New country, new life, new challenge
Updated: 2016-01-15 08:00
By Wang Fan and Yuan Yue(China Daily)
Every year, thousands of young Chinese head overseas to study. For many, the thrill of moving into a new environment is overshadowed by feelings of alienation and a lack of friends in their host country. Wang Fan and Yuan Yue report from New York.
On a summer day in 2010, 18-year-old Jane Yu quick-stepped through the cool morning wind in Iowa in the central United States, a backpack slung over her shoulder. She was a freshman at Iowa State University.
"I fitted in to the new environment quickly, but sometimes it was a little bit awkward when an 'American joke' popped up during a lecture and the whole class burst into laughter, except me," she said.
"But I would still laugh along, even though I did not quite get the joke," she said, with a laugh. "However, it was a little frustrating - seeing myself as a cultural outsider on occasions like that when the students interacted with their professors."
To acquaint herself with popular US culture, Jane regularly watched The Daily Show, a satirical news program, which was then hosted by comedian Jon Stewart. "It's one of my favorite news programs. I love it because it delivers something very serious through humor."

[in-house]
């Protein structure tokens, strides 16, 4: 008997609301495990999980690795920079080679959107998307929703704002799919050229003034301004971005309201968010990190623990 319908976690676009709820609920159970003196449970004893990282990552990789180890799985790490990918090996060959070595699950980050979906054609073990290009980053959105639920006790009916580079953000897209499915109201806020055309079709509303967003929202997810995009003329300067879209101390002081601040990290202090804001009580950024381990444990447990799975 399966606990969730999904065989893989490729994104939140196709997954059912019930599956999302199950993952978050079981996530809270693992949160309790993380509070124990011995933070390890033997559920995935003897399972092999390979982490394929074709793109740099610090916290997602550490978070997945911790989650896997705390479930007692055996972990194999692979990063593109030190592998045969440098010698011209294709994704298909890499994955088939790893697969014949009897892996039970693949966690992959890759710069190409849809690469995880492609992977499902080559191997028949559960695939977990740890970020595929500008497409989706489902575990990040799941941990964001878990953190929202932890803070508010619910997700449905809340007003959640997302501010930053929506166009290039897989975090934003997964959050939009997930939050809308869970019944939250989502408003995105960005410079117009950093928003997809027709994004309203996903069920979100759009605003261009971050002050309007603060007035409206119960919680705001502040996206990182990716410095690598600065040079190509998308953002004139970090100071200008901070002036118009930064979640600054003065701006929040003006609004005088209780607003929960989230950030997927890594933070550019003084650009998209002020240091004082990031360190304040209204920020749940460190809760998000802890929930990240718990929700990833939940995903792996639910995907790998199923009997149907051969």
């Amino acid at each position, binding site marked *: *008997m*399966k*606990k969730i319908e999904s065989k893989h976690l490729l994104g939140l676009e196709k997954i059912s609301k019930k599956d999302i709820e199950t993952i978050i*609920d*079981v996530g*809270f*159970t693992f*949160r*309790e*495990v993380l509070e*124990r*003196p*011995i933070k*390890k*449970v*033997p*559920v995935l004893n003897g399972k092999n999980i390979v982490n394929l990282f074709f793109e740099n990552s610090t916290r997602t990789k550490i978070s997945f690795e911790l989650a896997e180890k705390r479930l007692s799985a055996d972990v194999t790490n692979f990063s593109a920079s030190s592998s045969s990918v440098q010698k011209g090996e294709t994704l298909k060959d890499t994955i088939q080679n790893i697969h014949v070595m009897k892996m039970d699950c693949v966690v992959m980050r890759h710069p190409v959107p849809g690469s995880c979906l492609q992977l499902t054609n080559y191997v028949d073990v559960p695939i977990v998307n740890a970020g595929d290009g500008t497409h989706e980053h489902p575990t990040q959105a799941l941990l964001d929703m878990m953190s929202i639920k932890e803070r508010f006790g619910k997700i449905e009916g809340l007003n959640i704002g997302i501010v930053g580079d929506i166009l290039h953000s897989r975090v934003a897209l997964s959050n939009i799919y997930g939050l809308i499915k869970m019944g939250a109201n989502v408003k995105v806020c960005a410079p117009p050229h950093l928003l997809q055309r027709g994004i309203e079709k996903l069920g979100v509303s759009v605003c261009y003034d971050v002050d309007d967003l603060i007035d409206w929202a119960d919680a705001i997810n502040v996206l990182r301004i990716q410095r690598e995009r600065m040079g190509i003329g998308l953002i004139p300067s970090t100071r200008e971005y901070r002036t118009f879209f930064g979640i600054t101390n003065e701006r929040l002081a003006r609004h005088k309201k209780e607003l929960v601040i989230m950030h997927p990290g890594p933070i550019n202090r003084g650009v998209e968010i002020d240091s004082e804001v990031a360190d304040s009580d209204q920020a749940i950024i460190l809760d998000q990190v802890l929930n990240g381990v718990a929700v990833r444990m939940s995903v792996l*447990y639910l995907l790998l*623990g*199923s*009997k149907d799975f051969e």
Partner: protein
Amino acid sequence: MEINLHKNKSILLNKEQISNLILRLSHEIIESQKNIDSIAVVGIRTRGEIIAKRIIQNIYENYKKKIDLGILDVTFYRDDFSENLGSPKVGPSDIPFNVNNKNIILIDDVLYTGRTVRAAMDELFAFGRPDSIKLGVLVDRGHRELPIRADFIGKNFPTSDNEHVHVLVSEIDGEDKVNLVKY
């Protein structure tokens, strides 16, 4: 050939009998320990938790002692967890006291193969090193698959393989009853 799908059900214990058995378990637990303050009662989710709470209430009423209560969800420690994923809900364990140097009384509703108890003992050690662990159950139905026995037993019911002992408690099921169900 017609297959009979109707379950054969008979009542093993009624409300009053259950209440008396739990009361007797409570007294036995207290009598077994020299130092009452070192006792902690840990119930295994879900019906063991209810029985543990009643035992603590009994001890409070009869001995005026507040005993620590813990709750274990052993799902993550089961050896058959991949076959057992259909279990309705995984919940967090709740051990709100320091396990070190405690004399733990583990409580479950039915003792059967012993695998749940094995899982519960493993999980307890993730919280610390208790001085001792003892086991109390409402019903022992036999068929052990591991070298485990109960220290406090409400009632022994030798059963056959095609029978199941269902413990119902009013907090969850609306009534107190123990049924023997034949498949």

Fast forward five years and Jane is now a graduate of Columbia University. "If you spend a lot of time learning about American culture, you will gradually get the jokes. But they are still my 'blind spot'," she admitted.
Jane's endeavors to navigate through a different culture and her feeling of being an "outsider" are shared by many Chinese students who have studied at schools in the US over the past few years.
Recently published statistics show that more than 304,000 students from China studied at US colleges and universities during the 2014-15 academic year, accounting for 31.2 percent of the international students in the country.
A growing middle class at home and US universities' push for global education have contributed to the influx of international students, particularly from China, analysts said.